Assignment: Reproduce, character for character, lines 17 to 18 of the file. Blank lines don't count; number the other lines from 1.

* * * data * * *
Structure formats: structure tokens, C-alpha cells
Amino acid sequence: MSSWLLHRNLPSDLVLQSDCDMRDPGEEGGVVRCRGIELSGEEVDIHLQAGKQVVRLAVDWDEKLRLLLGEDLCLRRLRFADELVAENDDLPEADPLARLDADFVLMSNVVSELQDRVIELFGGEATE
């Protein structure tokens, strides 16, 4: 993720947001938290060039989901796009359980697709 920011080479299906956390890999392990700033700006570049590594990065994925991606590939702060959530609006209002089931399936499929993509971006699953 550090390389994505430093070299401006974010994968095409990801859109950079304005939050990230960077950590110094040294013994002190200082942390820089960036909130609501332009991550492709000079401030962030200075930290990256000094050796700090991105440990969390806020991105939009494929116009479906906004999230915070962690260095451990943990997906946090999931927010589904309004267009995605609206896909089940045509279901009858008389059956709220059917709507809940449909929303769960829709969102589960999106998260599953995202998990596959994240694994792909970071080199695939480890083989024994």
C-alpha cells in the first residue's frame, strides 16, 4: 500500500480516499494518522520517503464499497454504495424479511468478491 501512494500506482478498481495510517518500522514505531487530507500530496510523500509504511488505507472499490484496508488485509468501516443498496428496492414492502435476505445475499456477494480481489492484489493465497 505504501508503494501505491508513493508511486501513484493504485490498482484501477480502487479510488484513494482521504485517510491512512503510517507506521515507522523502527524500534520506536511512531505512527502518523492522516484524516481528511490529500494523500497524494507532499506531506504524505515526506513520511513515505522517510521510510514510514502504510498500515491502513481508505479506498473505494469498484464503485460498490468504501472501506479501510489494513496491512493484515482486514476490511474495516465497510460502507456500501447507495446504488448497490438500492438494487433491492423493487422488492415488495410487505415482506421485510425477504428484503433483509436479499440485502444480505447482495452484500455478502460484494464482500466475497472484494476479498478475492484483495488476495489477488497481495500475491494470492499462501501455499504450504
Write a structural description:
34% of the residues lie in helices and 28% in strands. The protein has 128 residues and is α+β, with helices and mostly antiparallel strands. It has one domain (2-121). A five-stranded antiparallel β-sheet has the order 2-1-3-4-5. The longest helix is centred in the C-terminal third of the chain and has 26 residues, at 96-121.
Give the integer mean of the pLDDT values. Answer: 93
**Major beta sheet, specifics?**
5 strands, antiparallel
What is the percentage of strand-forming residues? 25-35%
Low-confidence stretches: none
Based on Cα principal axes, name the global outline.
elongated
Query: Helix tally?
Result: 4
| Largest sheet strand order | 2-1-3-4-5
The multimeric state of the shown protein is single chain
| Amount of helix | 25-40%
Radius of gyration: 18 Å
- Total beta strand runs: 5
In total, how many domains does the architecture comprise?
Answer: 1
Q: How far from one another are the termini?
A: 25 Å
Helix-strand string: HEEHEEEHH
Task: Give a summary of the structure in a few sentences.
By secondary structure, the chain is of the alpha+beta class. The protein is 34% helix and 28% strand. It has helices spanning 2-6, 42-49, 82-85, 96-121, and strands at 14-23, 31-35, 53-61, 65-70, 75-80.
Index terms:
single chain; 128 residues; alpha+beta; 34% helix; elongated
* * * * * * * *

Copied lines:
The multimeric state of the shown protein is single chain
| Amount of helix | 25-40%